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27.  Fed. Deposit Ins. Corp., National Survey of Unbanked and Underbanked Households 32 (Sept. 2012), available at http://www.fdic.gov/​householdsurvey/​2012_​unbankedreport.pdf (2011 CPS Report) (stating that 3.7 percent of households used “nonbank remittances” as defined in the survey in the preceding year); id at 142-43 (providing estimate of 120 million U.S. households in 2011 for purposes of the survey); id. at 79 (estimating the number of households that have used “nonbank remittances” as defined in the survey at any time in the past).

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28.  See CFPB, Report on Remittance Transfers 17-21 (July 20, 2011); see also 77 FR 6194, 6199 (Feb. 7, 2012).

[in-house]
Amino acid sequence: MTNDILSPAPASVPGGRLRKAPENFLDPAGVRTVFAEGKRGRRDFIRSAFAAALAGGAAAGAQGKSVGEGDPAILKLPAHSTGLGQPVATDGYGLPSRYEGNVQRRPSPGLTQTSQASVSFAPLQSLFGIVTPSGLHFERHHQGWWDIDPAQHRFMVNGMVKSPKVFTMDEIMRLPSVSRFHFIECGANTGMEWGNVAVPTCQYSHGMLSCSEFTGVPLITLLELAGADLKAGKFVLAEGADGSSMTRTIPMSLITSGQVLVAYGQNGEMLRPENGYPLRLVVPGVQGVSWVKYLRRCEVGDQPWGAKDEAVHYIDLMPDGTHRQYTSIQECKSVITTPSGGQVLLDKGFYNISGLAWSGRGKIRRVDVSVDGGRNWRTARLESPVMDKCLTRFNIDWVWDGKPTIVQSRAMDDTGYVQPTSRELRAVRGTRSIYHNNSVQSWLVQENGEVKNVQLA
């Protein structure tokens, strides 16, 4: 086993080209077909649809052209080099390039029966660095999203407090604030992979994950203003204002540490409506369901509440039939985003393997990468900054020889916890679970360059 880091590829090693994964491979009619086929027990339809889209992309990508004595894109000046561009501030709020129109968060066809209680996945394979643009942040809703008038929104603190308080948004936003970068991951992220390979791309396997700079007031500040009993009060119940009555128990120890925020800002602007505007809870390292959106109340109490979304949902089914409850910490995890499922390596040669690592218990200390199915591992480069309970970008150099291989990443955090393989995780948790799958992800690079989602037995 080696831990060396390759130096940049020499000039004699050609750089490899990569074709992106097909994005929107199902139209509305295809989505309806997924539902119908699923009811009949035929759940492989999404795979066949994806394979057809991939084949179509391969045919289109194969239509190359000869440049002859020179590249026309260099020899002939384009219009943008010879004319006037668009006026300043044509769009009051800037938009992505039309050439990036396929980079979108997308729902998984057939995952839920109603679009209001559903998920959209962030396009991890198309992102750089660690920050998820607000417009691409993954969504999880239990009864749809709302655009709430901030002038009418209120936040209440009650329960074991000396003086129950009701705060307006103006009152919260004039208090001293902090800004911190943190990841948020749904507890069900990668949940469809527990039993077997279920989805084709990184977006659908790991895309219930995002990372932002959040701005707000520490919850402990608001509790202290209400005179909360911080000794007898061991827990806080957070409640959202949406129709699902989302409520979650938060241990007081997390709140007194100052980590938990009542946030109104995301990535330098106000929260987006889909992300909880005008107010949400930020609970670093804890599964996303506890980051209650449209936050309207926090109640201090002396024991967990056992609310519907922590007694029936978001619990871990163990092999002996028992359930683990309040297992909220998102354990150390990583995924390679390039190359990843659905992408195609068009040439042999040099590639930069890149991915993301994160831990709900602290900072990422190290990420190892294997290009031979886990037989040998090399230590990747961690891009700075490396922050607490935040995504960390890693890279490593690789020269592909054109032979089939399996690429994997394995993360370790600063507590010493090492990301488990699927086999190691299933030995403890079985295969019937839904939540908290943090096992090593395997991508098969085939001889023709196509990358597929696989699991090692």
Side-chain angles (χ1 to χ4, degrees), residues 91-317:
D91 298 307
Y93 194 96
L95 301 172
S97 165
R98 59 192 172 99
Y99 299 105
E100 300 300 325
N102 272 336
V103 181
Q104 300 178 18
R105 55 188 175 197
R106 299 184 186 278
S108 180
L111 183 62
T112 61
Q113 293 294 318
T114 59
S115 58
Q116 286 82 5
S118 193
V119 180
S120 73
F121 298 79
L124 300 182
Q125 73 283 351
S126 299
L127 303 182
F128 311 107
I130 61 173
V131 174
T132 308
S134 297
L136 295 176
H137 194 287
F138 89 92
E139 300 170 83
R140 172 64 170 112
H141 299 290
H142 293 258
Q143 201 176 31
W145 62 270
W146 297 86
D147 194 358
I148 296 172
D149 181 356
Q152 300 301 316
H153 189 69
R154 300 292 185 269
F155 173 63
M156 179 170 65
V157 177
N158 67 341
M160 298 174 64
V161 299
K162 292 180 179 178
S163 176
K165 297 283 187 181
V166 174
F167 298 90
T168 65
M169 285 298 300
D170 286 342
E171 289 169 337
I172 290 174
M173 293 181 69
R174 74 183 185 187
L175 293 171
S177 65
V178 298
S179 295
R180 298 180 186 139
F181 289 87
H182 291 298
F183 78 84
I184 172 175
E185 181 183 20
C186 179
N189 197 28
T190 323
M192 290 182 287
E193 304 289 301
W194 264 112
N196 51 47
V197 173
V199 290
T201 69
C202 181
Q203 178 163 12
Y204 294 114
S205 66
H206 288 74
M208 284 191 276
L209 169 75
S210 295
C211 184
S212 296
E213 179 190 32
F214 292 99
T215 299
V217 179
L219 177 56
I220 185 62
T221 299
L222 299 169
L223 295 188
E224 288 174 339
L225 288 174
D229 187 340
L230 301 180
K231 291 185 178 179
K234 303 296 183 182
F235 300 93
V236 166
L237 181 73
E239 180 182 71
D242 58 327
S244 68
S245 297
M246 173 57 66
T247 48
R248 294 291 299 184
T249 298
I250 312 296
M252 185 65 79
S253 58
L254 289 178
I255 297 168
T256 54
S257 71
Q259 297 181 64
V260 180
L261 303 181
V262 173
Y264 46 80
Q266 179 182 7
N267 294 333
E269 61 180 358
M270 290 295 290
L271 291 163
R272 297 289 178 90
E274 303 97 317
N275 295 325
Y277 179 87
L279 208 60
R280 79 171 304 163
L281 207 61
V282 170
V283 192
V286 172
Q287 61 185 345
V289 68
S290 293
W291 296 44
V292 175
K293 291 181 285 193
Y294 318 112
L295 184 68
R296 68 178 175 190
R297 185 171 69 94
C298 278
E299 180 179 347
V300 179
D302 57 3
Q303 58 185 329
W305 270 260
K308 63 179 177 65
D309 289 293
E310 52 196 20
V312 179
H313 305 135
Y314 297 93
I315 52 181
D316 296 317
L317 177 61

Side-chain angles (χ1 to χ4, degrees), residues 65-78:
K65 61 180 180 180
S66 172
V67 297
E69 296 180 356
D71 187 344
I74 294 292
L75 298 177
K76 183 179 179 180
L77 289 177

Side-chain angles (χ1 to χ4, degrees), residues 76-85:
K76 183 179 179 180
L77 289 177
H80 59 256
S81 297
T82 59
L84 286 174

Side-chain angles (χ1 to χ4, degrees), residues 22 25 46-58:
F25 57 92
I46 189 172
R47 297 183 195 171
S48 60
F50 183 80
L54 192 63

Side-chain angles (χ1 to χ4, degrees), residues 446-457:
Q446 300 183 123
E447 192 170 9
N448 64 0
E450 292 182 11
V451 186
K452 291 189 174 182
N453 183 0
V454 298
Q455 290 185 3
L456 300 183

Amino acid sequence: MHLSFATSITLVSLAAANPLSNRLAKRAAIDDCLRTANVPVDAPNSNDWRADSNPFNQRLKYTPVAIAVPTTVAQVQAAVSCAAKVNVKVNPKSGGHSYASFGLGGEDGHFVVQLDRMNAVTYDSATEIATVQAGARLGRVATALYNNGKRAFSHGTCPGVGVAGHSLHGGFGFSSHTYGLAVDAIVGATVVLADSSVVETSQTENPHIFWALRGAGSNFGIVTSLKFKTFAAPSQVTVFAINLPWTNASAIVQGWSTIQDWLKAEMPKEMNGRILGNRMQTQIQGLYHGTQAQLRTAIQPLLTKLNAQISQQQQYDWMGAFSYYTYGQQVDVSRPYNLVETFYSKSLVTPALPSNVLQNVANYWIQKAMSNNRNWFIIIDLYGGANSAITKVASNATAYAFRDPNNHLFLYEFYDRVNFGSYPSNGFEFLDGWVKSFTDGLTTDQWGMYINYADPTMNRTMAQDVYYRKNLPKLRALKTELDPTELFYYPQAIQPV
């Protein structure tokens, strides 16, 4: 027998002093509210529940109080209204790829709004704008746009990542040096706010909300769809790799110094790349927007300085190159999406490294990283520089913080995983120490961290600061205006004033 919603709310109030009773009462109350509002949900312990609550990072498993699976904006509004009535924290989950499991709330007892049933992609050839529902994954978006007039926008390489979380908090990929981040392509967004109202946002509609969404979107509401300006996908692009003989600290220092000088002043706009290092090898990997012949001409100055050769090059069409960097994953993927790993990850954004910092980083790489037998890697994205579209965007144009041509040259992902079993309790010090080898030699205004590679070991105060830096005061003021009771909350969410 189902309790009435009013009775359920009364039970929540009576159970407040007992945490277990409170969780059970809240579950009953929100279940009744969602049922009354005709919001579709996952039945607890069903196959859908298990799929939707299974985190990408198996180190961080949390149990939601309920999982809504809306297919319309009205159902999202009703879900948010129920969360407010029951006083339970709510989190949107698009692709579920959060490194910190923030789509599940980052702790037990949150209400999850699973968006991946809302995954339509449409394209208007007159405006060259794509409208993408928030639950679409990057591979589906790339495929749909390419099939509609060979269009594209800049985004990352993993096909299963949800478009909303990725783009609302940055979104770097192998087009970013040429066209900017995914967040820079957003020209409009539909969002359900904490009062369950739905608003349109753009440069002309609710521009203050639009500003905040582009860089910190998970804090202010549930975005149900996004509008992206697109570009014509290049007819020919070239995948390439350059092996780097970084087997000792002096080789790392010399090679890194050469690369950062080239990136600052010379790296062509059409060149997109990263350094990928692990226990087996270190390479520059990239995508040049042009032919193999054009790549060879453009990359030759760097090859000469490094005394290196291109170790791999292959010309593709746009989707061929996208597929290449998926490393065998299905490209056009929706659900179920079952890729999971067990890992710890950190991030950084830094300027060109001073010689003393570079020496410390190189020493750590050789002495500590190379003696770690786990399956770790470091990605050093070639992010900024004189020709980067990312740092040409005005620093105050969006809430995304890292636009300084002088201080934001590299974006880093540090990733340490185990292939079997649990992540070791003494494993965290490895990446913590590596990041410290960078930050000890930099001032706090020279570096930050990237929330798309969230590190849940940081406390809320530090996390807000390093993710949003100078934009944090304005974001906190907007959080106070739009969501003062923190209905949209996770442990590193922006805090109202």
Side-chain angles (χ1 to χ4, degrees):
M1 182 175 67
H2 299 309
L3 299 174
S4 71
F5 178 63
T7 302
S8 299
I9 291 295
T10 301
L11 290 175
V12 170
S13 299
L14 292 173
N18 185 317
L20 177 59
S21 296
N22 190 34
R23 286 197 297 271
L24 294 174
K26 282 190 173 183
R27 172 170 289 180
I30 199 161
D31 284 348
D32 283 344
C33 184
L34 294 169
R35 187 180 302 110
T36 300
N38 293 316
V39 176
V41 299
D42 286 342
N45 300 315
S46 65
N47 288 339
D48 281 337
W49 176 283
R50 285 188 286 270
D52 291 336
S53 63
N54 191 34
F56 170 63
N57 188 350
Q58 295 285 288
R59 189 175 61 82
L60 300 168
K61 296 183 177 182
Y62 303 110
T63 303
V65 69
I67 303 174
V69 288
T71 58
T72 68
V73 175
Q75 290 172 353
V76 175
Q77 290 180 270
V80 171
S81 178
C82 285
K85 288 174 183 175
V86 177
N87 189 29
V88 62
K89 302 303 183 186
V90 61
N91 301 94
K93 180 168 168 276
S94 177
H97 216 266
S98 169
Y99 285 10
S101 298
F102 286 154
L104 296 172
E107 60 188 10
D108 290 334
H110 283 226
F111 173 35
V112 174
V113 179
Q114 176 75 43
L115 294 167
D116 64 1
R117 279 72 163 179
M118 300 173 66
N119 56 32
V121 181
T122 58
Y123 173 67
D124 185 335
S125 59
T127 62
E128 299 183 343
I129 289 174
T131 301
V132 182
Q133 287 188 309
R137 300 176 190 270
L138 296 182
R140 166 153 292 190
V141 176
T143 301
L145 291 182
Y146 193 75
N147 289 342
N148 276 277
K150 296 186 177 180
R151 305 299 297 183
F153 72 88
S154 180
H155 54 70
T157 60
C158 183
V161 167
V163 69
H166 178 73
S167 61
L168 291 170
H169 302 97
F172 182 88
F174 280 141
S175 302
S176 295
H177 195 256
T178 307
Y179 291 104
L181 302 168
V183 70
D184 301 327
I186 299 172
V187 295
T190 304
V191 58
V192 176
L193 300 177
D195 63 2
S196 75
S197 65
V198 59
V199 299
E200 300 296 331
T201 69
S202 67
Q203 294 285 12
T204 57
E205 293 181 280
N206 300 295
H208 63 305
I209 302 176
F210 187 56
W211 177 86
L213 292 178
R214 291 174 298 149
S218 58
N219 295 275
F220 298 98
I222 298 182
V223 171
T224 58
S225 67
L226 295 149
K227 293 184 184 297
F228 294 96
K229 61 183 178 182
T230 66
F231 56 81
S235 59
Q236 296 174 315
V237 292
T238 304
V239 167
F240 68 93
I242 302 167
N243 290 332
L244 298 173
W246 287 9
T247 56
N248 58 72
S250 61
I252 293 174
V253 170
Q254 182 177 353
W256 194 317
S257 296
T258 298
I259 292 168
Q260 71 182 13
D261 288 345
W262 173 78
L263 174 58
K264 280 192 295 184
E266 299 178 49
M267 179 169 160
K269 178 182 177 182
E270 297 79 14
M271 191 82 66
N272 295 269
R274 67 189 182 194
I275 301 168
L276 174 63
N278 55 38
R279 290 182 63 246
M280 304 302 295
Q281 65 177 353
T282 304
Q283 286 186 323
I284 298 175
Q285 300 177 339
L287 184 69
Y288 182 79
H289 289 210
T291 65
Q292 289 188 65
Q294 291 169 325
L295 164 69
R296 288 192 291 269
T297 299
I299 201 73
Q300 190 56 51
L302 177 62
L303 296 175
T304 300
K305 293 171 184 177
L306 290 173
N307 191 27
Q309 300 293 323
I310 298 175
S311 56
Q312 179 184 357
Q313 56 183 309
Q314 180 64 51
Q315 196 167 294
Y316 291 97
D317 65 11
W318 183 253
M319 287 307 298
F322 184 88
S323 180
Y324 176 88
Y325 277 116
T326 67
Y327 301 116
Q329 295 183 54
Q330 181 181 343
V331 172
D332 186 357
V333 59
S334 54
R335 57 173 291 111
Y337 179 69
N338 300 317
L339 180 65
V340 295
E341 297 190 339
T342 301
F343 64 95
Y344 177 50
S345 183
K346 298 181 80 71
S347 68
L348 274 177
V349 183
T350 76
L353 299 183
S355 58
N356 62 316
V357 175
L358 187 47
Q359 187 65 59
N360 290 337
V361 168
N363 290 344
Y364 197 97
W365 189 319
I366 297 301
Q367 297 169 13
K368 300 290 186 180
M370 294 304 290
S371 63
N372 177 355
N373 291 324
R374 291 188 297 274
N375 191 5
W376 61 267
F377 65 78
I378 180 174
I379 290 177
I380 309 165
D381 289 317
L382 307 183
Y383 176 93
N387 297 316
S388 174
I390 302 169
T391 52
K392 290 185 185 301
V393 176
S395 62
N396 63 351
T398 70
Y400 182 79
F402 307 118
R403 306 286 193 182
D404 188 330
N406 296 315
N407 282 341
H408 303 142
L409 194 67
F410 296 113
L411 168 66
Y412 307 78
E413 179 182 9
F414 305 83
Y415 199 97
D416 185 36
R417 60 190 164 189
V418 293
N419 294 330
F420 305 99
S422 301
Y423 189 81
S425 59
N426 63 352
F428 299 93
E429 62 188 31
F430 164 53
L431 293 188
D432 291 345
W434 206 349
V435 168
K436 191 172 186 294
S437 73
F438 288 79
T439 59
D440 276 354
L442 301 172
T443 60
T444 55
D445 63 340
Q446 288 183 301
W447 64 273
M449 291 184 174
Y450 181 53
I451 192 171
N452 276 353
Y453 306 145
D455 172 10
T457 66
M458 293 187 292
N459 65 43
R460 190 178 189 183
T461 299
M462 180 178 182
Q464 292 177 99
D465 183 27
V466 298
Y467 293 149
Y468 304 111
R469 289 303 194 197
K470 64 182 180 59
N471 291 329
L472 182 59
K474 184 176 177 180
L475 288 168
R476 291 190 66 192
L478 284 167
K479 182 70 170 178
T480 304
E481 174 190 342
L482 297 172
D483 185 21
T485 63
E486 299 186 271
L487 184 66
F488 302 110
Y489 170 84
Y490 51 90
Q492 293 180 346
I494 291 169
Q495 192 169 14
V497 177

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29.  See 77 FR 6194, 6199 (Feb. 7, 2012).

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30.  Public Law 111-203, section 1073, 124 Stat. 1376, 2060 (2010).

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31.  77 FR 6194 (Feb. 7, 2012); 77 FR 40459 (July 10, 2012); 77 FR 50244 (Aug. 20, 2012); 78 FR 6025 (Jan. 29, 2013); 78 FR 30662 (May 22, 2013); 78 FR 49365 (Aug. 14, 2013) (codified at 12 CFR part 1005, subpart B). On August 22, 2014, the Bureau released further amendments to the Remittance Rule, which are available at http://files.consumerfinance.gov/​f/​201408_​cfpb_​final-rule_​intl-money-transfer-small-entity.pdf.

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32.  Public Law 111-203, section 1073(a)(4), 124 Stat. 1376, 2060 (2010) (codified at 15 U.S.C. 1693o-1(a)); 12 CFR 1005.31-.32.